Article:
All Minnesotans 12 and up are eligible to be vaccinated. You can find more information about the state’s vaccine efforts on the COVID-19 Vaccine page. The Minnesota Department of Health COVID-19 vaccine page has detailed information on vaccine data, phased rollout, and other resources. New pathways to be vaccinated continue to become available all the time and we want to make sure you are aware of the variety of ways eligible people can access vaccines.  Check out below or this MDH Flyer on Ways to Find a COVID-19 Vaccine.

  1. Your Health Care Provider
    • If your health care provider or clinic is currently offering vaccine, you can try calling to make an appointment.
    • State of Minnesota Vaccine Locator Map can help you find local vaccine providers. To schedule an appointment, you will need visit the provider’s website or call them directly.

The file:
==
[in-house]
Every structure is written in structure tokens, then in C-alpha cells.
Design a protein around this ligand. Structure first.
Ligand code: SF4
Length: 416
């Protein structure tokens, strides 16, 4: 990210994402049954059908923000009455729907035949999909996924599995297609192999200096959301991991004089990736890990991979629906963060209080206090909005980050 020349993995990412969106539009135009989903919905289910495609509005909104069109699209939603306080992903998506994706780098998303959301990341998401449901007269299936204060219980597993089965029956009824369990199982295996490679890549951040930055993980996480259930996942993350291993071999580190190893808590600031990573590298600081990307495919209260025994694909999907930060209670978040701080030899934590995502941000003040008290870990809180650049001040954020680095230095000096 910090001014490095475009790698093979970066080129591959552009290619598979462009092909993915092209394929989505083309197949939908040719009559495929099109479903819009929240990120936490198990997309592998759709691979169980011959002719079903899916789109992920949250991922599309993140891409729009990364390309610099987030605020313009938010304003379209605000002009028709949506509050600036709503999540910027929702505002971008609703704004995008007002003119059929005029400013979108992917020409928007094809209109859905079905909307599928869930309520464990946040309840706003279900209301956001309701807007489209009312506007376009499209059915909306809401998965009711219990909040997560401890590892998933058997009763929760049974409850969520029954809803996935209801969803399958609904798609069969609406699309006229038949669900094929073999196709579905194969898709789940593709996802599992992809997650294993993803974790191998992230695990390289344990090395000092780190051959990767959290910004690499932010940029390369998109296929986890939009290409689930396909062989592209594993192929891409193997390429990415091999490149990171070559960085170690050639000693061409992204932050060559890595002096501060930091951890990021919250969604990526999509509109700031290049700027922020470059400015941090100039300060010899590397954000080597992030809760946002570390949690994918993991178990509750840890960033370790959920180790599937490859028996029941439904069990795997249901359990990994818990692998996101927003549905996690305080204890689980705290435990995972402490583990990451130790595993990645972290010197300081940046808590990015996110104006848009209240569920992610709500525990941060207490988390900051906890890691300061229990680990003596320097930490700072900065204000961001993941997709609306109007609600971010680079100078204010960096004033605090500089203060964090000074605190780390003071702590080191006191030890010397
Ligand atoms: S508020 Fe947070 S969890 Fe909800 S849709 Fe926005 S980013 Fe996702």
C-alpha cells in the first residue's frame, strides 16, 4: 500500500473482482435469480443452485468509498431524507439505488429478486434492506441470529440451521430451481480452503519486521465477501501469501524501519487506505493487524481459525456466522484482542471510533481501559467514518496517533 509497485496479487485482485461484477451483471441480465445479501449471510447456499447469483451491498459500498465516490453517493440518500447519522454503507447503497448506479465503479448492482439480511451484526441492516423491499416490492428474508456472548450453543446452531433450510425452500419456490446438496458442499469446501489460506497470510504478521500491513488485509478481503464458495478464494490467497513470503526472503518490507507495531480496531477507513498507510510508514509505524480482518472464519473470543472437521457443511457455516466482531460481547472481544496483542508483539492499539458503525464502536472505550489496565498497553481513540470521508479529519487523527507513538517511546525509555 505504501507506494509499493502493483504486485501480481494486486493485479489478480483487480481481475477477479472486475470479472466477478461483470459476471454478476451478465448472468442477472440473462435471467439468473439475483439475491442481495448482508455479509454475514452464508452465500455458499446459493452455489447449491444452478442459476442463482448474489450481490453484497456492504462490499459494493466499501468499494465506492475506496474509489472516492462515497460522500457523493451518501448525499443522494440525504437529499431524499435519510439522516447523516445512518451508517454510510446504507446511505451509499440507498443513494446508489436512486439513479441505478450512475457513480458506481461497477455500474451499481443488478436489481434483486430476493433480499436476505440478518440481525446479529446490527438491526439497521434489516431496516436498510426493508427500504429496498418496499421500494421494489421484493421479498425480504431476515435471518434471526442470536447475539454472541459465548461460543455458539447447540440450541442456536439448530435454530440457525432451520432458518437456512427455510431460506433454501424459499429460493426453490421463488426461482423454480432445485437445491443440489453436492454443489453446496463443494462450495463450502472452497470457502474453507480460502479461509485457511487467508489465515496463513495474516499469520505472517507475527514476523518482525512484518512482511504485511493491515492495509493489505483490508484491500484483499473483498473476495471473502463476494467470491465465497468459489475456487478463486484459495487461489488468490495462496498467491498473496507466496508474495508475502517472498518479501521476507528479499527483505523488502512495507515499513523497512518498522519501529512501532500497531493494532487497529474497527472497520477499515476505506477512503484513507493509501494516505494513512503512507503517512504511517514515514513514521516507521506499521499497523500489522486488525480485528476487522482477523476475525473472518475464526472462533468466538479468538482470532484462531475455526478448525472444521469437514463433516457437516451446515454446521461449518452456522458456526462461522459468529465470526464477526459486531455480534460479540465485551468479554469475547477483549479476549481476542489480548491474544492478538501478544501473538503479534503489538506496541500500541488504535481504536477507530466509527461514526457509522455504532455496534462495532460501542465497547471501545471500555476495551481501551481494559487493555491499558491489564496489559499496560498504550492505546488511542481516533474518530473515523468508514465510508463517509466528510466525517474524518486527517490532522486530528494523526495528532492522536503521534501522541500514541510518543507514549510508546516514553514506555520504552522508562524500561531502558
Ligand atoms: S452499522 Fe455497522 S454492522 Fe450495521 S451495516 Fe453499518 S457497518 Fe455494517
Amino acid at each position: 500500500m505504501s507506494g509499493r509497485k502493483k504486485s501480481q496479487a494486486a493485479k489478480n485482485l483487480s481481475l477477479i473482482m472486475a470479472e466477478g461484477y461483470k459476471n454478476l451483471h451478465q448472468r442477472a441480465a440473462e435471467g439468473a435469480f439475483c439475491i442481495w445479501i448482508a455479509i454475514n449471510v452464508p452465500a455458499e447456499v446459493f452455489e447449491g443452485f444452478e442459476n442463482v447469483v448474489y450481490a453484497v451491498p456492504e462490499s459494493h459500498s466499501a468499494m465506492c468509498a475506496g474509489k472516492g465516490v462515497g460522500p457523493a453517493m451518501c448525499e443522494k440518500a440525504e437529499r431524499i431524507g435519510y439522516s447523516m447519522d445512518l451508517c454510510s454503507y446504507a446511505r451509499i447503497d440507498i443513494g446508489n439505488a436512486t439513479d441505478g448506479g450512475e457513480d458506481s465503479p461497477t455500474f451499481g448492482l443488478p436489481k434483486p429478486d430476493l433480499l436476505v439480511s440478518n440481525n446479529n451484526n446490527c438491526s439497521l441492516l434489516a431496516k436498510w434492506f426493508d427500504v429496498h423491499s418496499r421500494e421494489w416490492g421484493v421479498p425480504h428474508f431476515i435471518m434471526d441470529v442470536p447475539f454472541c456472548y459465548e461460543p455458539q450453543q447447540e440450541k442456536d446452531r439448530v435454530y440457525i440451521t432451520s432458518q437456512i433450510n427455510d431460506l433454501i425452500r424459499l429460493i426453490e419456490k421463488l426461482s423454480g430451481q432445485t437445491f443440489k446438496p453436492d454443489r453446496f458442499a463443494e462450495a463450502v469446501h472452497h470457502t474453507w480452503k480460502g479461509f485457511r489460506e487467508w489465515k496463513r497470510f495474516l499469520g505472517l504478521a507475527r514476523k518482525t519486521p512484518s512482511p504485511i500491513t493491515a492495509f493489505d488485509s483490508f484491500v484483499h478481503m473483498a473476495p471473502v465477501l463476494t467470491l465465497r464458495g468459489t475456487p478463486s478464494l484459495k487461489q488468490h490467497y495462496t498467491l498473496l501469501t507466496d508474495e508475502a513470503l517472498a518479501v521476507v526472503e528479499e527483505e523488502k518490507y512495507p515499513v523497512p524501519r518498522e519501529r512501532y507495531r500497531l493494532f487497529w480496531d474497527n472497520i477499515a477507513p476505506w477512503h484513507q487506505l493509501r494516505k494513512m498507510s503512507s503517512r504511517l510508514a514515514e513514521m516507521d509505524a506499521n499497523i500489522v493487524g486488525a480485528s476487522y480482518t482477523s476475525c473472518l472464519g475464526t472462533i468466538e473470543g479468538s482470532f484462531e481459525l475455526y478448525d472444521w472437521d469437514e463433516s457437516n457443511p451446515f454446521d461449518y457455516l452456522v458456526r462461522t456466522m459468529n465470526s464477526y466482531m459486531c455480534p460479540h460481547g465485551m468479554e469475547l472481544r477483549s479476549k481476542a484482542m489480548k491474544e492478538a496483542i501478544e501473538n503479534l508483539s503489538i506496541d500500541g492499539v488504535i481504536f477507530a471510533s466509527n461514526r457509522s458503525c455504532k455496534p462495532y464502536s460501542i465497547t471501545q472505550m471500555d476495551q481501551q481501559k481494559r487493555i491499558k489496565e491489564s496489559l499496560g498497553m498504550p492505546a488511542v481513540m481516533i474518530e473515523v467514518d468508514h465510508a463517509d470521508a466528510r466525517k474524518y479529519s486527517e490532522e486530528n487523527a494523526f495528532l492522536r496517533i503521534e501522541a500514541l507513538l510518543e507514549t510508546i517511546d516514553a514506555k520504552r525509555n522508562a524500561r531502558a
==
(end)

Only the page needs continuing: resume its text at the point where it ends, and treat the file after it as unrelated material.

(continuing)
2. Your Local Pharmacy
    • Thrifty White, Walmart, Sam’s Club, HyVee, Walgreens, CVS, and other pharmacies are offering vaccines. To look for available appointments you would visit each company’s vaccine webpage and complete the scheduling forms. Vaccine appointments are filling up fast right now, so there are not always available appointments, though some have notification or wait lists.  
    • State of Minnesota Vaccine Locator Map can help you find local vaccine providers. To schedule an appointment, you will need visit the provider’s website or call them directly.
    • CDC: Vaccine Finder
  3. Minnesota Community Vaccination Sites
    • If you have already completed the Connector and need to revise your form to provide this answer, you would call the Vaccine Connector hotline at 833-431-2053 to update your form. 
  4. Requesting an On-Site Vaccine Clinic